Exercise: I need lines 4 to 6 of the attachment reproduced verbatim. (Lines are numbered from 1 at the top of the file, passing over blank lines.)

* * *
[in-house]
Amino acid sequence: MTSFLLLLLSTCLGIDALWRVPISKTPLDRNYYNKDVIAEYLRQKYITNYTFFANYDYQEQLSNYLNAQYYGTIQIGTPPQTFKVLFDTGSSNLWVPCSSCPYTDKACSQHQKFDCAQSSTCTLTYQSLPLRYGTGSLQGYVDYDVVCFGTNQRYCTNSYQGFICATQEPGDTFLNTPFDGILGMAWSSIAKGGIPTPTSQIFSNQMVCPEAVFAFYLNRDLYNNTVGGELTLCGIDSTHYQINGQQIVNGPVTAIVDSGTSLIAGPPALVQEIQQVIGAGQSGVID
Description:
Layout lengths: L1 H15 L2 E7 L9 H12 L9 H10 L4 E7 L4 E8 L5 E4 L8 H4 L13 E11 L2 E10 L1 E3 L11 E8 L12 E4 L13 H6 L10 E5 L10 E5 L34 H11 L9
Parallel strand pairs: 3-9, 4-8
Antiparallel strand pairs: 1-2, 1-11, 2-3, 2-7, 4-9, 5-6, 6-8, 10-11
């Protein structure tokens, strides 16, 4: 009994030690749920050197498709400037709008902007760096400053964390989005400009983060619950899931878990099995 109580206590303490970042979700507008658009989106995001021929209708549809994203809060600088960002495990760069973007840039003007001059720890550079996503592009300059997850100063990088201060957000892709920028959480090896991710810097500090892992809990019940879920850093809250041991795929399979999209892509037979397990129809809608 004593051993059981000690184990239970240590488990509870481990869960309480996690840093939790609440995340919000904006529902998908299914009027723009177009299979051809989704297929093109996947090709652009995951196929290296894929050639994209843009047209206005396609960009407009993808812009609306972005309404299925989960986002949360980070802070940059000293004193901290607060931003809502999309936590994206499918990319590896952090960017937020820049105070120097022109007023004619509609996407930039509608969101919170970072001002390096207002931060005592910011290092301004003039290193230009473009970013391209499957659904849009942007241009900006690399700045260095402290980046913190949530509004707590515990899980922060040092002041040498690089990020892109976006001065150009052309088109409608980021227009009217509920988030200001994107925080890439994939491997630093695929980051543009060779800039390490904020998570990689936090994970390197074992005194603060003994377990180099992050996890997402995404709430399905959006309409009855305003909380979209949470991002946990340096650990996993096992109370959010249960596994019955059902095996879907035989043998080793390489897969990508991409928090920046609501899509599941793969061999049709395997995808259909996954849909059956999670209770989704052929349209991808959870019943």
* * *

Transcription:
Layout lengths: L1 H15 L2 E7 L9 H12 L9 H10 L4 E7 L4 E8 L5 E4 L8 H4 L13 E11 L2 E10 L1 E3 L11 E8 L12 E4 L13 H6 L10 E5 L10 E5 L34 H11 L9
Parallel strand pairs: 3-9, 4-8
Antiparallel strand pairs: 1-2, 1-11, 2-3, 2-7, 4-9, 5-6, 6-8, 10-11